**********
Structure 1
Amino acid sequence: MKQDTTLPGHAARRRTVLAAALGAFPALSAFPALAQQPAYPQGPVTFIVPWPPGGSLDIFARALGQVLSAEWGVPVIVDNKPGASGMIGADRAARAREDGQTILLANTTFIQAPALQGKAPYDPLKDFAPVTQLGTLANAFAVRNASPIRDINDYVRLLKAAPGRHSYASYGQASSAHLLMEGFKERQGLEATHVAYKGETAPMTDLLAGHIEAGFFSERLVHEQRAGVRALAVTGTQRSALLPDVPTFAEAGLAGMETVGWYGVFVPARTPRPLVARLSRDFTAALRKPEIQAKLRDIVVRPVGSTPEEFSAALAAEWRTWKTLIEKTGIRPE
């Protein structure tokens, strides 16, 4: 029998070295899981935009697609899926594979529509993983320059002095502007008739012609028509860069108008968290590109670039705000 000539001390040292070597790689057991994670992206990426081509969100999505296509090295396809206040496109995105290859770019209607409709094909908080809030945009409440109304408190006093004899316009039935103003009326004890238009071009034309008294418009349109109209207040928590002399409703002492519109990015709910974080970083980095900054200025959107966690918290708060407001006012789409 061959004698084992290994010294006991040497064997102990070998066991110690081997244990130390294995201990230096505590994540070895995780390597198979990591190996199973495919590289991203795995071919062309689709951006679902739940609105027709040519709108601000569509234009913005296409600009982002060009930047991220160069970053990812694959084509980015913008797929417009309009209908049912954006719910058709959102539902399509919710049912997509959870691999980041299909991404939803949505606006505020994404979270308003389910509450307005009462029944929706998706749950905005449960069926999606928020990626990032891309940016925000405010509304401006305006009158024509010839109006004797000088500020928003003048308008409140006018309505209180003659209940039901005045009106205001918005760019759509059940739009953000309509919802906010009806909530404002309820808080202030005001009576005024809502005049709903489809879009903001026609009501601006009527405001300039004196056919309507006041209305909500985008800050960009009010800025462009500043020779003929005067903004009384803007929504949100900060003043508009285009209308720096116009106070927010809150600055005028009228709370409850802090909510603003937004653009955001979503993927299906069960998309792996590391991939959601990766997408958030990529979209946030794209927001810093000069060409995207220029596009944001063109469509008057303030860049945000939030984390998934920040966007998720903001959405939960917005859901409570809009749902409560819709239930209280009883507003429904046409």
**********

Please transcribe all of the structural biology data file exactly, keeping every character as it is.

Structure 1
Amino acid sequence: MKQDTTLPGHAARRRTVLAAALGAFPALSAFPALAQQPAYPQGPVTFIVPWPPGGSLDIFARALGQVLSAEWGVPVIVDNKPGASGMIGADRAARAREDGQTILLANTTFIQAPALQGKAPYDPLKDFAPVTQLGTLANAFAVRNASPIRDINDYVRLLKAAPGRHSYASYGQASSAHLLMEGFKERQGLEATHVAYKGETAPMTDLLAGHIEAGFFSERLVHEQRAGVRALAVTGTQRSALLPDVPTFAEAGLAGMETVGWYGVFVPARTPRPLVARLSRDFTAALRKPEIQAKLRDIVVRPVGSTPEEFSAALAAEWRTWKTLIEKTGIRPE
């Protein structure tokens, strides 16, 4: 029998070295899981935009697609899926594979529509993983320059002095502007008739012609028509860069108008968290590109670039705000 000539001390040292070597790689057991994670992206990426081509969100999505296509090295396809206040496109995105290859770019209607409709094909908080809030945009409440109304408190006093004899316009039935103003009326004890238009071009034309008294418009349109109209207040928590002399409703002492519109990015709910974080970083980095900054200025959107966690918290708060407001006012789409 061959004698084992290994010294006991040497064997102990070998066991110690081997244990130390294995201990230096505590994540070895995780390597198979990591190996199973495919590289991203795995071919062309689709951006679902739940609105027709040519709108601000569509234009913005296409600009982002060009930047991220160069970053990812694959084509980015913008797929417009309009209908049912954006719910058709959102539902399509919710049912997509959870691999980041299909991404939803949505606006505020994404979270308003389910509450307005009462029944929706998706749950905005449960069926999606928020990626990032891309940016925000405010509304401006305006009158024509010839109006004797000088500020928003003048308008409140006018309505209180003659209940039901005045009106205001918005760019759509059940739009953000309509919802906010009806909530404002309820808080202030005001009576005024809502005049709903489809879009903001026609009501601006009527405001300039004196056919309507006041209305909500985008800050960009009010800025462009500043020779003929005067903004009384803007929504949100900060003043508009285009209308720096116009106070927010809150600055005028009228709370409850802090909510603003937004653009955001979503993927299906069960998309792996590391991939959601990766997408958030990529979209946030794209927001810093000069060409995207220029596009944001063109469509008057303030860049945000939030984390998934920040966007998720903001959405939960917005859901409570809009749902409560819709239930209280009883507003429904046409």